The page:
Have you ever logged in to SL and sat there for hours without a single soul speaking to you? Read on for a reason to say, “hello,” to me.
Oh! You were expecting to read about original mesh. Yes, in the works for TinRoof Fashion are original mesh creations for the classic avatar and the Slink Physique mesh avatar… if I can ever figure out how to do it properly.
Original mesh seems to be in demand these days, so I’ve given it a go, but it is not a feat for the faint of heart.
If you have ever tried to make your own mesh, you probably have – like me – developed a measure of respect for content creators. Those of us who embellish on or tweak templates are still reliant on those creators to bring new, fresh, and ever-improving mesh to the grid for us to use. Creating the mesh model yourself is a complicated thing.
So far, I have managed to create a blob that looked like a shirt, but fit like a blob. Don’t worry, it won’t be the next TGIF sale item.
A reason to contact me? Well any reason is fine, really, but if you have happen to be or know a blogger that needs sponsors, please let me know. I’m looking to add a few to my list. Bloggers chosen will get a post on the bulletin board in my store, linking to their blog.
The one thing I recall most about St. Patrick’s Day, growing up in the U.S., is that if we didn’t wear green, we would get pinched. I do not know where this tradition started, or what its purpose is, but I wore green every year on March 17th, just in case. In the rare instance that I forgot, a friend was always quick to offer a green pin or hair ribbon to protect me.
I have Irish ancestry, but my family was not Catholic. They were of the Protestant religion and actually wore orange on St. Patrick’s Day to protest the Catholic religion. I could wear orange to carry on the traditions of my heritage, but what is the point really? In matters of religion in the U.S., tolerance is key. I shall not protest your religion and you shall not protest mine.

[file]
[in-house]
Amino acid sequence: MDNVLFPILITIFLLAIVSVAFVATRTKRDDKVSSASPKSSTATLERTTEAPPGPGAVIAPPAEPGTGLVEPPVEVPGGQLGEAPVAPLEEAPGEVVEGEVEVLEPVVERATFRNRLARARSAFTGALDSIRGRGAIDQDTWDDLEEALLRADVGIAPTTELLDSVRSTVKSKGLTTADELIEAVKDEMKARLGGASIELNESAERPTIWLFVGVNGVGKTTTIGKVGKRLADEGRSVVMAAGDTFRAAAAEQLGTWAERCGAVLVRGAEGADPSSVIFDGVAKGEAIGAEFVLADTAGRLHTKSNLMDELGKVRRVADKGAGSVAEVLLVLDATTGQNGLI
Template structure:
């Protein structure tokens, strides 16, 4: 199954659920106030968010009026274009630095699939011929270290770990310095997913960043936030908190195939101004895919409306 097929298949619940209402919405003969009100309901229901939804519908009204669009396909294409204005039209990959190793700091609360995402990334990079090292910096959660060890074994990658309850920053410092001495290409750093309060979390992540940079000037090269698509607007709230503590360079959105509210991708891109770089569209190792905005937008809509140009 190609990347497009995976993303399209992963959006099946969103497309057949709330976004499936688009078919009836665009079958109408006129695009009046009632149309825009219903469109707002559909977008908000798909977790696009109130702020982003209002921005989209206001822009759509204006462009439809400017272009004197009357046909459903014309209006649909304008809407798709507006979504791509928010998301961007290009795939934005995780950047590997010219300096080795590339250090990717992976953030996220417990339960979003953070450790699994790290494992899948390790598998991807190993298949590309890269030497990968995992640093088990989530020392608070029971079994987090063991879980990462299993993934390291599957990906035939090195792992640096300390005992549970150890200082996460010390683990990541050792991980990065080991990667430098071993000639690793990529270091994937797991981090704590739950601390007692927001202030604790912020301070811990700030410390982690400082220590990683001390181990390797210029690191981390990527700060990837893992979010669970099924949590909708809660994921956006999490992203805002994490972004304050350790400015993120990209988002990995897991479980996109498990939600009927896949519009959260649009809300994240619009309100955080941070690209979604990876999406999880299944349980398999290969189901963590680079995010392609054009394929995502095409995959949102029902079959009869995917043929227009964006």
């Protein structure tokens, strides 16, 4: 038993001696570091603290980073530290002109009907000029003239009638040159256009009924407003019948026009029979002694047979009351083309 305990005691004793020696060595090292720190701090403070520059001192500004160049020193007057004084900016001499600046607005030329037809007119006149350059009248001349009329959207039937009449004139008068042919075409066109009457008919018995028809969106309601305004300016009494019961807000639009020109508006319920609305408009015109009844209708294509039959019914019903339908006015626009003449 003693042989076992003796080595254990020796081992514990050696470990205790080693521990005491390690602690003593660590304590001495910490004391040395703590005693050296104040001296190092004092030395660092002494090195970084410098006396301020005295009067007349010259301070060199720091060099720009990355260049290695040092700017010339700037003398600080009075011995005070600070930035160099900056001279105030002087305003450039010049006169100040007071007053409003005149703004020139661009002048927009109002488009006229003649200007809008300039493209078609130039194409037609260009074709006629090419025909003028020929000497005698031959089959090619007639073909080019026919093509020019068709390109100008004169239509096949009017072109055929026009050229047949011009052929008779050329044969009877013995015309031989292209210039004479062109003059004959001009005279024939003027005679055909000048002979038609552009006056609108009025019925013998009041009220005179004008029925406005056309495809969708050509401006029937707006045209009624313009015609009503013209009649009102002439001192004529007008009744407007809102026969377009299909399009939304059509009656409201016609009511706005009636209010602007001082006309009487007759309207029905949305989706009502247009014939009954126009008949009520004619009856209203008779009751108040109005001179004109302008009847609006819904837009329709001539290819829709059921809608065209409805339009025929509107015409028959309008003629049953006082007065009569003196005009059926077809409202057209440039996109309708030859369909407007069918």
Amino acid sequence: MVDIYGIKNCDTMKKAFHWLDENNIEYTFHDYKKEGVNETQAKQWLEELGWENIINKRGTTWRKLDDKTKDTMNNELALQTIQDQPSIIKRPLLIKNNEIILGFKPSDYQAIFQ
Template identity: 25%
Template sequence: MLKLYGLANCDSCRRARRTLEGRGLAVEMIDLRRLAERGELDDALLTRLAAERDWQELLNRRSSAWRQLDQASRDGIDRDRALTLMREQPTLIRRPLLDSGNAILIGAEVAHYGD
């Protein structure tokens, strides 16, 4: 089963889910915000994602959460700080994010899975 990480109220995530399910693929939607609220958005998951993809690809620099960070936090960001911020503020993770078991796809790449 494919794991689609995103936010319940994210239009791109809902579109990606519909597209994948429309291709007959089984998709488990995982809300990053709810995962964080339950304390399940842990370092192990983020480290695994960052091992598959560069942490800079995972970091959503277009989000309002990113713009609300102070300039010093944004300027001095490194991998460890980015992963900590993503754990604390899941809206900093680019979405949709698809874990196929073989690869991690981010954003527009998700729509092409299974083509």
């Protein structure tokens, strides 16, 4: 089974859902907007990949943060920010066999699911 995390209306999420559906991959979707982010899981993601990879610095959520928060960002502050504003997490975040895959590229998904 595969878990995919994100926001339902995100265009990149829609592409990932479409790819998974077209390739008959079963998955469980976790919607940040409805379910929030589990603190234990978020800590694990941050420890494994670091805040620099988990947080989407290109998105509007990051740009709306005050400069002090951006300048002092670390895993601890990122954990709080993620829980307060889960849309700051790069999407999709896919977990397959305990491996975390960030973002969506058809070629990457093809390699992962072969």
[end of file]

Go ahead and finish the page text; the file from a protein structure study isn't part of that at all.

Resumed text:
That said, my newest release is in green, and is called “Don’t Pinch Me”. You can find it in the TGIF area for only 99L through the 17th. Included in the box are system layers for classic avatars, as well as appliers for several mesh bodies – Belleza Venus, Maitreya Lara, Slink Physique, The Mesh Project, and Omega to cover all the others. Wear it in good spirits and don’t pinch anyone, please!
So I happened upon the mesh model for this blouse while shopping one day and was immediately inspired, envisioning feminine florals for springtime. Paired here with the usual jeans, it would probably also be really cute with white shorts.
The name was simply one drawn out of hat (my boyfriend’s head). I occasionally ask him for help naming things. He will randomly blurt out names and they are usually a great match!
It’s getting more difficult over time to come up with creative color names. This time I wrote a few down, changed them, changed them again, and again, until one evening a handful of names just came to me out of nowhere. SunnySpot (the yellow pictured here), BlueSkies, SpringLeaf, PinkRose and my favorite – CottonFluff (grey).
“Sophie” in SpringLeaf green is out in the TGIF area in front of Blacklace for only 99L for St. Patrick’s Day.
As I was making the “Hearts” corsets this year, it was decided to release one in red and one in pink to see which color people seemed to like the most. Almost certain that most Valentine’s Day shoppers would go for red, I was surprised to find that the pink version won out.
After looking up the psychological aspects of these colors, I wonder if the nurturing, calming and romantic nature of pink isn’t just in higher demand these days than the strong, sexy and ambitious nature of red. Even this season’s Pantone colors are soft muted hues that invoke misty seas and teacups.
Tin’s next project? Spring, strapless, soft, feminine… maybe even a bit refined, why not?
More importantly, it’s because I made a new friend – a Second Life fashion blogger that opened my eyes to the numbers of people writing about Second Life fashion online. There is, apparently, an intricate network of writers that are following virtual fashion trends, sharing their personalized ensembles and expressing their opinions about new products.
We associate so intimately with our avatars, it makes sense that the fashion in Second Life would be just as important to us in-world as it is in our first lives. Interestingly, the in-world fashion scene often parallels the real-world fashion scene. We tend to follow the latest trends and buck the season’s fails, which has led Second Life to be used as a platform for “first life” fashion designers to market-test new ideas.
In this blog, I will share with you my TinRoof Fashion brand as well as my thoughts about fashion and designing in Second Life.
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